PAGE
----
Open Leadership – Some Sanity
Openness is central to the integration of social media with leadership and business.
I had one leader skeptically say, “Let’s see what happens three years from now,” as if social media was going away like a fad or bad dream. I say, “bad dream,” because I think large, top down, command and control organizations are scrambling like cock roaches under the glare that openness creates. In so doing, they are missing opportunity.
In many cases, command and control business cultures require secrecy and fear. Secrecy creates fear and fear motivates underlings to lie by telling top-dogs what they want to hear.
Openness undermines secrecy, diminishes fear, and nurtures trust.
How Open – Some sanity about Social Media
Social Media hasn’t ended the basic idea that business exists to add value to customers and constituents in ways that generate profit. Drucker put it this way, “The purpose of business is to create and keep a customer.”
The power and relevance of Social Media depends on alignment with the purpose of business.
Openness for the sake of openness is weak, foolish, and ineffective. Additionally, openness isn’t a magic genie that cures your leadership problems, creates world peace, and generates unending wealth. If you aren’t careful, it actually creates problems.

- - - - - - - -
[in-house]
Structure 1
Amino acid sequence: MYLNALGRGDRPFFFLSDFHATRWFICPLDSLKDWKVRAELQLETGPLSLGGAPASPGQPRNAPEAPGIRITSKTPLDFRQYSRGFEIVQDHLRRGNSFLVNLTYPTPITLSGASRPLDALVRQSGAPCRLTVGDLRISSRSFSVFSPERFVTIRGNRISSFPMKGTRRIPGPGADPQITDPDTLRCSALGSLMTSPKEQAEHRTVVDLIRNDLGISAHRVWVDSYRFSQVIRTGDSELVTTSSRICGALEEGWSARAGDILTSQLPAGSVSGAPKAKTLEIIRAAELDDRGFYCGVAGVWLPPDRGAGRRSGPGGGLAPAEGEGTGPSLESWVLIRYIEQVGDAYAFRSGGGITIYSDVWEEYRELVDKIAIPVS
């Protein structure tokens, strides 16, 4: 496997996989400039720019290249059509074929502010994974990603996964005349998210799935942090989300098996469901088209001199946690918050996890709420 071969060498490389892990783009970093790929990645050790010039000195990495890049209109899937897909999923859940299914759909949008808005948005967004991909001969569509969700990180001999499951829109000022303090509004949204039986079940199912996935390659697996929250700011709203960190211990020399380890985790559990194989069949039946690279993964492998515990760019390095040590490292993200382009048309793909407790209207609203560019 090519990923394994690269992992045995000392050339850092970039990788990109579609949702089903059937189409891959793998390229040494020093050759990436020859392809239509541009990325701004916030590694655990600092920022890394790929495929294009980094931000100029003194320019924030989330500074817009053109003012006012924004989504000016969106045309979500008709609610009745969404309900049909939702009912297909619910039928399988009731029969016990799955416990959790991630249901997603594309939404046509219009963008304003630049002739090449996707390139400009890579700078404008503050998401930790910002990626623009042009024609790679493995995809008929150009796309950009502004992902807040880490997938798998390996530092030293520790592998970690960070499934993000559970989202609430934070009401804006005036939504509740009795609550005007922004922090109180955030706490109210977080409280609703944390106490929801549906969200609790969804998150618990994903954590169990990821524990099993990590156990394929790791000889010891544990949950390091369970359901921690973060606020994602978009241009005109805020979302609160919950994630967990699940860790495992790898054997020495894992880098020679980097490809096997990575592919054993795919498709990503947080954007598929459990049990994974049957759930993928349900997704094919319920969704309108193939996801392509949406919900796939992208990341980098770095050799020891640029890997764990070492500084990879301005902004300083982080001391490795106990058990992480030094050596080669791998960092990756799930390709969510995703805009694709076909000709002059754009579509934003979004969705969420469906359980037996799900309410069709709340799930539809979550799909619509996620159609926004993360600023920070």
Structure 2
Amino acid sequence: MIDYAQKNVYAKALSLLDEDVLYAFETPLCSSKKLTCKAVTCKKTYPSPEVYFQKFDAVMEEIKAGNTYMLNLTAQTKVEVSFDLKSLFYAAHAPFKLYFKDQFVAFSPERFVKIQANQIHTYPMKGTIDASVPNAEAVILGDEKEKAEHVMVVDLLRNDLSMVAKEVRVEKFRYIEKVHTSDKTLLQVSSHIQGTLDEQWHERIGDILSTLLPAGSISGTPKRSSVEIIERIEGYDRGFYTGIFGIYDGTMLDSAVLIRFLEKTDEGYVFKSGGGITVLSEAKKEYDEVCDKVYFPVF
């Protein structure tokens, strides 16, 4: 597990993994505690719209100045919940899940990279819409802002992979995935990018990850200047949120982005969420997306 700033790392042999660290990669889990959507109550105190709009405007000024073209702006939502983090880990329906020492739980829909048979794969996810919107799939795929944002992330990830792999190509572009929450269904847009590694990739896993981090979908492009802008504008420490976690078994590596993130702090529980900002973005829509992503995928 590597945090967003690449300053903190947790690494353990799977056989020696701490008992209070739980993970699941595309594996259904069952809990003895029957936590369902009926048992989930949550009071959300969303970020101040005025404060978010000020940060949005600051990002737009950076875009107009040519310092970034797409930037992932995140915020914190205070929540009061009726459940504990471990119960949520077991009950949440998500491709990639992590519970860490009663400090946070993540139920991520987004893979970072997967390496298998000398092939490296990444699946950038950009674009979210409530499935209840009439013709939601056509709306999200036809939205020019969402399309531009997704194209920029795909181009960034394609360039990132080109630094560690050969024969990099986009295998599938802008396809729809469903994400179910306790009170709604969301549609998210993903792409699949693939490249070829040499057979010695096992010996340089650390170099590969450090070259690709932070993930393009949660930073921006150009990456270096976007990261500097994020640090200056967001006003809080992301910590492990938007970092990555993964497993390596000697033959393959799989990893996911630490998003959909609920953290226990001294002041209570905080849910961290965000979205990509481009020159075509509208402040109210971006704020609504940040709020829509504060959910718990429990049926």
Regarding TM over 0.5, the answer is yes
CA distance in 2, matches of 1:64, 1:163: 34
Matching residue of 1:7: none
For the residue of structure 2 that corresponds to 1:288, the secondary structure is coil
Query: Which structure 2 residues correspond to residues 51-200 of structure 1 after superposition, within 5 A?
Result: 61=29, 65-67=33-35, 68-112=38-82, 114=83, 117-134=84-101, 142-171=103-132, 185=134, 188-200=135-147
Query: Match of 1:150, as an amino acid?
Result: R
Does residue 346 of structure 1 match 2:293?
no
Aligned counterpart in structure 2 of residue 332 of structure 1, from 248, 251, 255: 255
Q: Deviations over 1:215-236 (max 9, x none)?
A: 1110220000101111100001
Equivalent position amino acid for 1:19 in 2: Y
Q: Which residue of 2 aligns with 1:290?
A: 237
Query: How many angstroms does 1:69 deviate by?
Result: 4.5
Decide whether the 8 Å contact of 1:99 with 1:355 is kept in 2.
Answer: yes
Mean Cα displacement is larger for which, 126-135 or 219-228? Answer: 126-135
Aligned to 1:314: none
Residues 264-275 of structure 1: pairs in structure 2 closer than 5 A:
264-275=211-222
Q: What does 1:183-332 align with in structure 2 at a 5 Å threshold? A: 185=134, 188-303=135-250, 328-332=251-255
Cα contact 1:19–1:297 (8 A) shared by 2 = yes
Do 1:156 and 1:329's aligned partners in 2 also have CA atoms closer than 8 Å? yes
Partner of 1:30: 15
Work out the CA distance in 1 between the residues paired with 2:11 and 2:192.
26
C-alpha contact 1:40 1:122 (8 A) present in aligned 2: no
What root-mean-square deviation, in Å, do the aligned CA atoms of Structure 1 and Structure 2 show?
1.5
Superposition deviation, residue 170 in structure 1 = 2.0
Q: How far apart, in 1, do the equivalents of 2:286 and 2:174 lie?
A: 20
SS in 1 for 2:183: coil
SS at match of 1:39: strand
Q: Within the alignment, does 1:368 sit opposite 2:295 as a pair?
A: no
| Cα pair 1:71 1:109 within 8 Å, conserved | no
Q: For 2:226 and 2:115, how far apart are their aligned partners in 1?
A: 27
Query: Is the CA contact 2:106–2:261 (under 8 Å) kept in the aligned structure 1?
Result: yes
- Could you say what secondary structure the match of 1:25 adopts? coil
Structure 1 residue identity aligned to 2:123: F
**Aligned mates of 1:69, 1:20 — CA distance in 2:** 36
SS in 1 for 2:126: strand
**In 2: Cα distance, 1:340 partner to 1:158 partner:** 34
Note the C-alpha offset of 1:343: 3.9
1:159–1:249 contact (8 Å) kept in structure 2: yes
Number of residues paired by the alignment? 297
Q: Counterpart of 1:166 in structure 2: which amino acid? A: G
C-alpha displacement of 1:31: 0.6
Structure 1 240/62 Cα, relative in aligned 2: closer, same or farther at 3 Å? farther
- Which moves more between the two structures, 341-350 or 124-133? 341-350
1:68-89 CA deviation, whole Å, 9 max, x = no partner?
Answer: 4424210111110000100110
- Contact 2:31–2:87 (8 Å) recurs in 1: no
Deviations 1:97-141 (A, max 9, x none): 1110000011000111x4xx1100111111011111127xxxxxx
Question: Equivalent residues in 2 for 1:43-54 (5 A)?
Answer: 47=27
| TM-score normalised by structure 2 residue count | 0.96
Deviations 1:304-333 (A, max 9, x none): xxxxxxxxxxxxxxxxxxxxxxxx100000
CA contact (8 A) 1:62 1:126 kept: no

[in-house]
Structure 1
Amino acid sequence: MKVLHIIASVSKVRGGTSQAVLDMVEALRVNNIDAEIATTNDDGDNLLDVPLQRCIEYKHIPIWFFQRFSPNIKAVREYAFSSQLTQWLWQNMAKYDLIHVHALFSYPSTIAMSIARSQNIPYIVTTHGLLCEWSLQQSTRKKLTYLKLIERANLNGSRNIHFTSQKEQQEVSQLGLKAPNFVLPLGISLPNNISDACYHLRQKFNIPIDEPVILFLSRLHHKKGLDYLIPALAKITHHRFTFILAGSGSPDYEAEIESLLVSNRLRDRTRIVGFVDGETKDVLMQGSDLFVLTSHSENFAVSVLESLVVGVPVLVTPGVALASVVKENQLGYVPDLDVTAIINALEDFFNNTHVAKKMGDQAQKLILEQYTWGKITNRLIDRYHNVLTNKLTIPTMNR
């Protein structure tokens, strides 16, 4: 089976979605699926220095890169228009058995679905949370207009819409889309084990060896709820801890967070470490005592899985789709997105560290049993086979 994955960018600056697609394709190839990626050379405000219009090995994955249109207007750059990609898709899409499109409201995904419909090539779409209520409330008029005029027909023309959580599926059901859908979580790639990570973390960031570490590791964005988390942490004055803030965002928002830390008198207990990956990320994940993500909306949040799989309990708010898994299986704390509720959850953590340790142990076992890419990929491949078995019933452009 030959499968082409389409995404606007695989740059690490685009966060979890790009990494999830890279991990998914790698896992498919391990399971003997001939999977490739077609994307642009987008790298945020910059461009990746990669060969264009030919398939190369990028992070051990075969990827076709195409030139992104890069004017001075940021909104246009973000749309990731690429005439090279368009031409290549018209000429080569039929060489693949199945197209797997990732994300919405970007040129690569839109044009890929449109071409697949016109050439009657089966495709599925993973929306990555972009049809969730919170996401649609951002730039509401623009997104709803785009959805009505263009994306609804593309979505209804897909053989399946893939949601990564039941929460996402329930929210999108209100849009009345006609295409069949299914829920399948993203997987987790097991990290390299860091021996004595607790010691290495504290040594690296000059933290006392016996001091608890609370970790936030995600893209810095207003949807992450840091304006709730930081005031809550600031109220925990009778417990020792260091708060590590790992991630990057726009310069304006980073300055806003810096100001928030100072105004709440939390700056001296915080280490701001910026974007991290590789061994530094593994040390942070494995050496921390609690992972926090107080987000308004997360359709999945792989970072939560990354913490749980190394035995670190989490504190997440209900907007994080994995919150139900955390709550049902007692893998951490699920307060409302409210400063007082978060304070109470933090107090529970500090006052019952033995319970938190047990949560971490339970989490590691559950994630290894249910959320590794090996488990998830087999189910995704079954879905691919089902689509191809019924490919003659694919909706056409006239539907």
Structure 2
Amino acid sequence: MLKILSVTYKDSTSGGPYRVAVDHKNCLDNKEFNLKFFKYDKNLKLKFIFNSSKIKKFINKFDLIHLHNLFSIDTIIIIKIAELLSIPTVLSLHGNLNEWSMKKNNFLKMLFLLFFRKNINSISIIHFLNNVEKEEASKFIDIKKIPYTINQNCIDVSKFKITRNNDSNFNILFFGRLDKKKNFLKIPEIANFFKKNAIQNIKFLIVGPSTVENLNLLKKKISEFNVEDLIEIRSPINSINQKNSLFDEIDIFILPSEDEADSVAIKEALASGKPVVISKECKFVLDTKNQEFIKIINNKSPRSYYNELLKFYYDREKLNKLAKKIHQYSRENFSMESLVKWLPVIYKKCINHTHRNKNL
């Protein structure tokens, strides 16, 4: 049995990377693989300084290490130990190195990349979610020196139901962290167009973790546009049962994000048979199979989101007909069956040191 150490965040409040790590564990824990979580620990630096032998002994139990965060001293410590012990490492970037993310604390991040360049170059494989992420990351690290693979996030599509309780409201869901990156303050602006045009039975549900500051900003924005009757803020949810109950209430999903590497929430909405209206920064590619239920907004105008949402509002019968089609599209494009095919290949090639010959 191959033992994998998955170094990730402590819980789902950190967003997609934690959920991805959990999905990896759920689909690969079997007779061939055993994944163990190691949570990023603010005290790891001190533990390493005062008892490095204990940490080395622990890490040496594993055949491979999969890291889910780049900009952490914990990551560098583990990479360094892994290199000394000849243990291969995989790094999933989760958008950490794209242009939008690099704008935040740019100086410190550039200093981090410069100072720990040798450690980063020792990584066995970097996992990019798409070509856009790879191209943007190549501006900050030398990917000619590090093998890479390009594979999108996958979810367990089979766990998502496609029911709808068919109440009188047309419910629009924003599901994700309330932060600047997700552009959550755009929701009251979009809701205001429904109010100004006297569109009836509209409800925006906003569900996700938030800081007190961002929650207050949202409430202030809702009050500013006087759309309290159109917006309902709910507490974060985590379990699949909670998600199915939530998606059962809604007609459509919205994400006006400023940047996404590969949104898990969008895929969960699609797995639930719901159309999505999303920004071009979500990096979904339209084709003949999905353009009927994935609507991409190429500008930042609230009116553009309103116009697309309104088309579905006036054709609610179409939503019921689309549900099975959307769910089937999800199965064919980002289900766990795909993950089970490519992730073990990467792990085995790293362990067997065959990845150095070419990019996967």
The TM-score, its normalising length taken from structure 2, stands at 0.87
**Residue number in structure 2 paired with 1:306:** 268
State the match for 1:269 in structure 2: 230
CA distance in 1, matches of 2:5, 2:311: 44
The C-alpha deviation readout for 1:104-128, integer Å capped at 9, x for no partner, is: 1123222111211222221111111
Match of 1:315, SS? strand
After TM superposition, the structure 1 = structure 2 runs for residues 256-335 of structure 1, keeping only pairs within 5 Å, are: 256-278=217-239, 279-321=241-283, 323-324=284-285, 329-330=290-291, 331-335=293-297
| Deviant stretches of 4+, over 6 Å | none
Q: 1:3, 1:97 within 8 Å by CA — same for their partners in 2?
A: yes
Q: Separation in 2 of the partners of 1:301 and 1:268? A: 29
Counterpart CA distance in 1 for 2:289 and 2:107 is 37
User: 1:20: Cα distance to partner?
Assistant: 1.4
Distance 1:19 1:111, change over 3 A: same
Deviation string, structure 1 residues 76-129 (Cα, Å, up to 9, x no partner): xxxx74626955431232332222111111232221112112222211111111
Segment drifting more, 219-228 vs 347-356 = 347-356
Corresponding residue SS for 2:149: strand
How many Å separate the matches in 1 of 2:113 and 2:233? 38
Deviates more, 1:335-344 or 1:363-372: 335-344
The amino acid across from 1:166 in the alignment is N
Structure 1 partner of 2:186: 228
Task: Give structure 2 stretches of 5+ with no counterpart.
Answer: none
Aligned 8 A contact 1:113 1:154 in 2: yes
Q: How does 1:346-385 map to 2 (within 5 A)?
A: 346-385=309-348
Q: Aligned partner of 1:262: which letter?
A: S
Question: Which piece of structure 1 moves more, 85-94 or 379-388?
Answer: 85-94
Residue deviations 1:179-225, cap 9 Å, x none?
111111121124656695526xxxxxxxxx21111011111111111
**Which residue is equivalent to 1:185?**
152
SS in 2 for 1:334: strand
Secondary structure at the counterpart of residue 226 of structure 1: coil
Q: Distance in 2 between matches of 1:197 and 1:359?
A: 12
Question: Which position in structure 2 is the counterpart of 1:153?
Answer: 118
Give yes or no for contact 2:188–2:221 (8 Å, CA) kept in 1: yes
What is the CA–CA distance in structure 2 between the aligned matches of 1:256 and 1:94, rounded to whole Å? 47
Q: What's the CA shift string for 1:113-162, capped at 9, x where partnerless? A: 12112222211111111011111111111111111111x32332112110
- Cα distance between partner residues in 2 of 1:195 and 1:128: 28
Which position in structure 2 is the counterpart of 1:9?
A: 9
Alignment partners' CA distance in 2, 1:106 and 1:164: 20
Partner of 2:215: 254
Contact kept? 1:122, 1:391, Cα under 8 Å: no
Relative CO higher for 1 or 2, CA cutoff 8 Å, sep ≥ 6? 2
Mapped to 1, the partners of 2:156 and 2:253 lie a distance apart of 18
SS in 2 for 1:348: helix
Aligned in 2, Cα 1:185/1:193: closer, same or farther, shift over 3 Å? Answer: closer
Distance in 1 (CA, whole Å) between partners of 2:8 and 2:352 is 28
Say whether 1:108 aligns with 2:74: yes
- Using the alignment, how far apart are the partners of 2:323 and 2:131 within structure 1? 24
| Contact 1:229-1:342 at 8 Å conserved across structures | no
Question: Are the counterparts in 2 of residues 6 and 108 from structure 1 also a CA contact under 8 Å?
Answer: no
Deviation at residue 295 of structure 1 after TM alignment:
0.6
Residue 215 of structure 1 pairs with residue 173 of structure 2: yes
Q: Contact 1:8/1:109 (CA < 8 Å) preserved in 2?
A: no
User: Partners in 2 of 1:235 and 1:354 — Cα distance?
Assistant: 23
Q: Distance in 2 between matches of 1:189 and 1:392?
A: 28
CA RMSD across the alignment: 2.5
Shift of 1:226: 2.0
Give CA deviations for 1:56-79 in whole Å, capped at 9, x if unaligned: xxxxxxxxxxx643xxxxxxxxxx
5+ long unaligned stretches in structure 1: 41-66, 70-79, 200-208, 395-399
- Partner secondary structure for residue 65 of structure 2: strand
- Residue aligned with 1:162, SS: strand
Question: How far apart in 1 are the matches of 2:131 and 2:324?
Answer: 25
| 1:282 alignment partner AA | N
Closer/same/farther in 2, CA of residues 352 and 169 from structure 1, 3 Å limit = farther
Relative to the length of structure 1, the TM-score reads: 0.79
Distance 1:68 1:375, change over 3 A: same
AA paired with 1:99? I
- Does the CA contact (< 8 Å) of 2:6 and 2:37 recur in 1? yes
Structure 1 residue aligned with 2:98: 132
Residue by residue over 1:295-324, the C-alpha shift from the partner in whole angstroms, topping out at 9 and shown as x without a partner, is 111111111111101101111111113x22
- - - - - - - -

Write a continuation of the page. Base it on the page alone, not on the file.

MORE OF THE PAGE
Charlene Li explains the four strategic objectives that openness can achieve.
- Learning. First and foremost, organizations know that they must learn from employees, customers, and partners before they can do anything else.
- Dialog. Communications – both internal and external – transforms a relationship from that of shouting out one way messages to a dialog, between equals. Along the way people become more engaged.
- Support. People both inside and outside the organization need support at different times – ranging from pre-sale to post-sale.
- Innovating. Creativity needs to be fostered, but both inside and outside the organization.
Tomorrow: Open Leadership – the Failure Imperative
Yesterday’s post: Open Leadership
What can openness do for you or your organization?
What should organizations NOT be open about?
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Openness will only be effective if there is dialogue as per your definition above Dan. Companies must not put it out there if you are not willing to respond to their clients/staff as an organization. Sometimes organizations get themselves in a pickle by wanting to “be seen to be doing the right thing” rather than being authentic! I guess Social Media is still evolving but I think it is very short sighted to not embrace it as part of your business strategy.